Okay, Ladies and Germs:
It's time to improve your word power. Today's lexeme is fomite. What it is, according to our friends at Merriam-Webster, is an inanimate object (such as a doorknob) that may be contaminated with infectious organisms and serves in their transmission. For the air traveler, fomites are lurking everywhere you look, and even places you don't.
Let's ponder the cribs of fomites at the airport. We'll start with the touch screens on the self-service check-in machines. Next, let's wander over to the elevator and ATM buttons. I like to feel I've escaped relatively unscathed from these areas thanks to the use of knuckles rather than fingertips.
You might want to avoid touching handrails lining stairways and escalators. But admittedly, it's pretty hard to avoid touching the locks on bathroom stalls and the flushing implements on toilets ('nuf said). At the very least, use a paper towel to open the door handle leading you out of the bathroom.
Now, even if you manage to make it through the airport fomite-free, good luck on the airplane, my friend. There's the fomite on your tray table. There's the fomite in your seatback pocket (which is a popular place to stuff used tissues, if you catch my drift). Speaking of drifts, there's the ventilation system to consider. Since you are dealing with recirculated air, the best bet is to avoid using the overhead air vent, which can blow fomites straight into your lungs. Other ventilation notes--air circulation tends to be better toward the front of the plane. So if you sit in the first 10 rows, you are exposed to fewer germs. That said, if a passenger in your row or in three rows behind or in front of you is hacking away, you're screwed, no matter where you are sitting. When you get off that plane, all you can do is take your Emergen-C, use other immunity-strengthening strategies, pray, and get plenty of sleep.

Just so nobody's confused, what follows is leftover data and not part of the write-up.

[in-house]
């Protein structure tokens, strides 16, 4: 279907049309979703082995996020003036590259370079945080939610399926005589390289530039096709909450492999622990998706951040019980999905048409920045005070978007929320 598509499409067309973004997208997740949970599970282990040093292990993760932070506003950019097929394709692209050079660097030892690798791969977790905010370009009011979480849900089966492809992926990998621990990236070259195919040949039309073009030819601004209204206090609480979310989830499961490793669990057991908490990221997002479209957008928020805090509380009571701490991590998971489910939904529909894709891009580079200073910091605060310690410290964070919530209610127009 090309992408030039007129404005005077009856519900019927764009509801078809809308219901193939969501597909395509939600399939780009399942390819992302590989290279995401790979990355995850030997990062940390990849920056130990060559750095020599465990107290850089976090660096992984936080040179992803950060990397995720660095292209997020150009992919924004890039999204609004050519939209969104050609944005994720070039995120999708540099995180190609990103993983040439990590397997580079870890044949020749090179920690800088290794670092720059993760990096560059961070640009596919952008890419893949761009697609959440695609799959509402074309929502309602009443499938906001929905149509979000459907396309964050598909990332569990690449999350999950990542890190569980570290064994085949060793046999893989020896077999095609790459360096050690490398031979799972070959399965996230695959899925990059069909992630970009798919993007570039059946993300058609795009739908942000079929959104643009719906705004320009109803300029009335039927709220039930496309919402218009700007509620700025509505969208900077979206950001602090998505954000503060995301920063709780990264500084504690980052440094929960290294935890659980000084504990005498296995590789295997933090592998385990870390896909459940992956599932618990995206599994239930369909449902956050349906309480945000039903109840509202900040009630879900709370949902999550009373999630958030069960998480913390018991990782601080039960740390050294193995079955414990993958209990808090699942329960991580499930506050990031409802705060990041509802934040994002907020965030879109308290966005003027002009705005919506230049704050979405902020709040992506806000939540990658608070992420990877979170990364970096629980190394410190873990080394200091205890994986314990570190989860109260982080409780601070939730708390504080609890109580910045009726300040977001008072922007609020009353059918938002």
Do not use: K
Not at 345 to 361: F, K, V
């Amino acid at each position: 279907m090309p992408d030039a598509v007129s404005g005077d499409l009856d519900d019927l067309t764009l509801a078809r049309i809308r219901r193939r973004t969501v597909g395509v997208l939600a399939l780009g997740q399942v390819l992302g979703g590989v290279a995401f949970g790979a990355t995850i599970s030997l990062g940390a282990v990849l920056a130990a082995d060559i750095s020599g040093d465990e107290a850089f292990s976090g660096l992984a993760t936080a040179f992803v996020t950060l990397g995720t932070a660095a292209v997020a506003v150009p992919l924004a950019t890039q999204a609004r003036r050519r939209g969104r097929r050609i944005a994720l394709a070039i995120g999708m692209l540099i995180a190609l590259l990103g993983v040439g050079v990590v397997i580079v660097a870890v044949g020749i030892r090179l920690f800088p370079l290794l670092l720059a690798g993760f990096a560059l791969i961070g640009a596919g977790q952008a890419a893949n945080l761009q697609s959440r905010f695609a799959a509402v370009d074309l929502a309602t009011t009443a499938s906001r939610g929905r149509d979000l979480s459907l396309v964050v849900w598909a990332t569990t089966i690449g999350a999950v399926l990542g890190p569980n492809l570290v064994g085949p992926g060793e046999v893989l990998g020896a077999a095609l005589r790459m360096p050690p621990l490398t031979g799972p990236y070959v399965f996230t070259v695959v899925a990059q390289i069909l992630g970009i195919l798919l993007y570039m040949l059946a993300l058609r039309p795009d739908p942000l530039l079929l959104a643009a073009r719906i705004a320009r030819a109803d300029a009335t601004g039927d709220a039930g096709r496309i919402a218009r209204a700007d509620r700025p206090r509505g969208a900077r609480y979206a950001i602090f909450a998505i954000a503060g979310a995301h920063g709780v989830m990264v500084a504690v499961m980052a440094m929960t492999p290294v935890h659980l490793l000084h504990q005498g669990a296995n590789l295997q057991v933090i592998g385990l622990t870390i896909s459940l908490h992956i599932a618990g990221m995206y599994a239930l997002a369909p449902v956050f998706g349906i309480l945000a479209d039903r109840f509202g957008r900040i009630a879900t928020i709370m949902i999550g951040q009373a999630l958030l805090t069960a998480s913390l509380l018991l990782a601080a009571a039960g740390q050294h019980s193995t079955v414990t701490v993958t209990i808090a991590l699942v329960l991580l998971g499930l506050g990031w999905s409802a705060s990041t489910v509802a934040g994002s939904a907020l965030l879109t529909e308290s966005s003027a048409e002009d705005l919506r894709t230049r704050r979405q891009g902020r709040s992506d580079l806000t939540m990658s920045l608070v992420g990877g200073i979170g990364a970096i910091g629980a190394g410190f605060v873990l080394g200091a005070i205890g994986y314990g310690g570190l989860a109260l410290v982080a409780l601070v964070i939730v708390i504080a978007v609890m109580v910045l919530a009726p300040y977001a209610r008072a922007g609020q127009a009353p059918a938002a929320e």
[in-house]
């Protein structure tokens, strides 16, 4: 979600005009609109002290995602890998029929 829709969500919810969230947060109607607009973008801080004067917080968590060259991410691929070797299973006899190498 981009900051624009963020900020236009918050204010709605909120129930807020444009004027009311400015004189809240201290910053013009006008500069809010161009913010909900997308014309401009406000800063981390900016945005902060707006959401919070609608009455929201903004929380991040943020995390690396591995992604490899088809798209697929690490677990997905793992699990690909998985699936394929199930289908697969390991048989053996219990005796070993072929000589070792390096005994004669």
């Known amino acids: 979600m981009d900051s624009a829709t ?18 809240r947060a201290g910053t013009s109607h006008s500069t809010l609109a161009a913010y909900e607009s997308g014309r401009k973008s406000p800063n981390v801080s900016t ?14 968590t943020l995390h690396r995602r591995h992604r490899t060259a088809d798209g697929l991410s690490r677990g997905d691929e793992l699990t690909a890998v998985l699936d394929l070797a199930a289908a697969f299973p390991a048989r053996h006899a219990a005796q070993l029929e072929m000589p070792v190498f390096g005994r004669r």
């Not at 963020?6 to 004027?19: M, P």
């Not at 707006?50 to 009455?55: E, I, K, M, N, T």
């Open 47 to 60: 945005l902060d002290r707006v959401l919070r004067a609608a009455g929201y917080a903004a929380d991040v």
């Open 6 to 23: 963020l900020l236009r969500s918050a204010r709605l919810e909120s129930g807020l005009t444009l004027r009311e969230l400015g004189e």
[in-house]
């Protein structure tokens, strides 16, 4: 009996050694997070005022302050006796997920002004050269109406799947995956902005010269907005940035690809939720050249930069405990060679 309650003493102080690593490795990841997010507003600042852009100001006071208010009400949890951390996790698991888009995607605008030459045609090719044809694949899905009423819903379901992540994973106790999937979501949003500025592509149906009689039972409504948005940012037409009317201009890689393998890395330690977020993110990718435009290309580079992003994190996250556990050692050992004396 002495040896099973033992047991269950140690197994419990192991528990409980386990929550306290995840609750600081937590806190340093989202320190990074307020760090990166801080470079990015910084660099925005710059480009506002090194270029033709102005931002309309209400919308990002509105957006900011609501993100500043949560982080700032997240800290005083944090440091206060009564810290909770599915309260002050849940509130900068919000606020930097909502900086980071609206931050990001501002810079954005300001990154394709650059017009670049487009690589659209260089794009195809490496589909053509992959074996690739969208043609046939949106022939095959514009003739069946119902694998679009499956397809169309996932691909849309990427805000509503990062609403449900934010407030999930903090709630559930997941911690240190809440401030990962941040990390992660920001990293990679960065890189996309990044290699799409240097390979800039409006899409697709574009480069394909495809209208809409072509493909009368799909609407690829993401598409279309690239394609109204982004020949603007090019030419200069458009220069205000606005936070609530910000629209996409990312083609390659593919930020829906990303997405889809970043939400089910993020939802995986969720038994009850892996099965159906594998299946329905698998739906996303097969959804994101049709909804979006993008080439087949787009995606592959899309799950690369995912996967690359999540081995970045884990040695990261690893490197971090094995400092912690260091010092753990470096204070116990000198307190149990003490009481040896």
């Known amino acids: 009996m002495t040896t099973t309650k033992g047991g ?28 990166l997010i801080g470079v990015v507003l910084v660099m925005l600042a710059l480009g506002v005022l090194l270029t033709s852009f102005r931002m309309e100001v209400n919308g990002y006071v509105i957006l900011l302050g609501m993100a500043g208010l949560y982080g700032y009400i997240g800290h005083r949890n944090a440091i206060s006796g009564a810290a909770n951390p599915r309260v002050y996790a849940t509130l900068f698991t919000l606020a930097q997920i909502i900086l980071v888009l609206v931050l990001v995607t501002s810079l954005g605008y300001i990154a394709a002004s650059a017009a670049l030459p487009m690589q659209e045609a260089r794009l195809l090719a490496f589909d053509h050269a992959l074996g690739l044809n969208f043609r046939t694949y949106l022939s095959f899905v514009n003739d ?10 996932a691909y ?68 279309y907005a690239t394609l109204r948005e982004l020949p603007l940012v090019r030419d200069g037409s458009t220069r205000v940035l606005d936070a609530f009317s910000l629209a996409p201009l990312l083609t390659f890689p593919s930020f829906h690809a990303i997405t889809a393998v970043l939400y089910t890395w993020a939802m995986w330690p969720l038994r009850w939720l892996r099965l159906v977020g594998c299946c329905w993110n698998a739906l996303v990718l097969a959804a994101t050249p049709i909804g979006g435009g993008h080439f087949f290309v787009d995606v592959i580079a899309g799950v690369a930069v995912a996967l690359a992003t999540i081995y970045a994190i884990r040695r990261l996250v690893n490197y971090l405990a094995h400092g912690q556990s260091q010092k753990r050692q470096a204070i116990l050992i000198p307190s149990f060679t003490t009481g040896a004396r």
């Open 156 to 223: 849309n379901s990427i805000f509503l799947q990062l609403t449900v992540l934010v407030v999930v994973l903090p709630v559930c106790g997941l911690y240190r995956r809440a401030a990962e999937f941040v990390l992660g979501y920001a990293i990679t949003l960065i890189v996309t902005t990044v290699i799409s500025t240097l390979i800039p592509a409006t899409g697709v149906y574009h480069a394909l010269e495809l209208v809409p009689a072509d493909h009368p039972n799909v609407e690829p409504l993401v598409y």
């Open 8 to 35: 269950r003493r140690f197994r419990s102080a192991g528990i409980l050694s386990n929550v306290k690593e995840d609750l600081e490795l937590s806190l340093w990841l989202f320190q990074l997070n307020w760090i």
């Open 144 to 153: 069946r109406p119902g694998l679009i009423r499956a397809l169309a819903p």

Back to our friends the Fomites. The Fo Fighters are at their mightiest in the airplane lavatory. Ah, yes, those lovely lockers that challenge even the most flexible contortionist when nature calls. Simply put, airplane lavs are disgusting. How often do you see them cleaned during flight? It really makes one question the mental health of those who use said privies to join the Mile-High Club.
But I digress. Even if you wash your hands prior to exiting the W/C, you are not out of the woods. First, consider that the Environmental Protection Agency has found that 17 percent of all water taps on airplanes contain coliform bacteria (and hold that thought as well...we'll get back to it in a minute). So, that water you are using to clean your hands--maybe not so much. Secondly, to escape from the W/C, you must touch that door handle. I have taken to using a towelette to open the escape hatch, so that I don't have to use hand sanitizer upon returning to my seat. (Then I dispose of the fomite-filled towelette in the seatback pocket).
Okay, back to those water taps. Included in the EPA tap list are those in the kitchen galley. That means the water used to make coffee or tea is running through a germ-filled tap 17 percent of the time. And since said water is seldom boiled to the point where germs will be eliminated, consider that your cuppa java may by plagued with pathogens. So, you might want to buy your Starbucks in the airport and bring it on the plane.
Remember, dear reader, I am not a doctor, nor do I play one on TV. But let me proffer a few closing tips for fending off those foul fomites. The best advice I can offer is to be aware of your surroundings, wash frequently, carry hand sanitizer and a brawny supply of paper towels, and run like hell when the person sitting next to you in the waiting area starts sneezing.
Sunday, November 29, 2009
Okay, Ladies and Germs: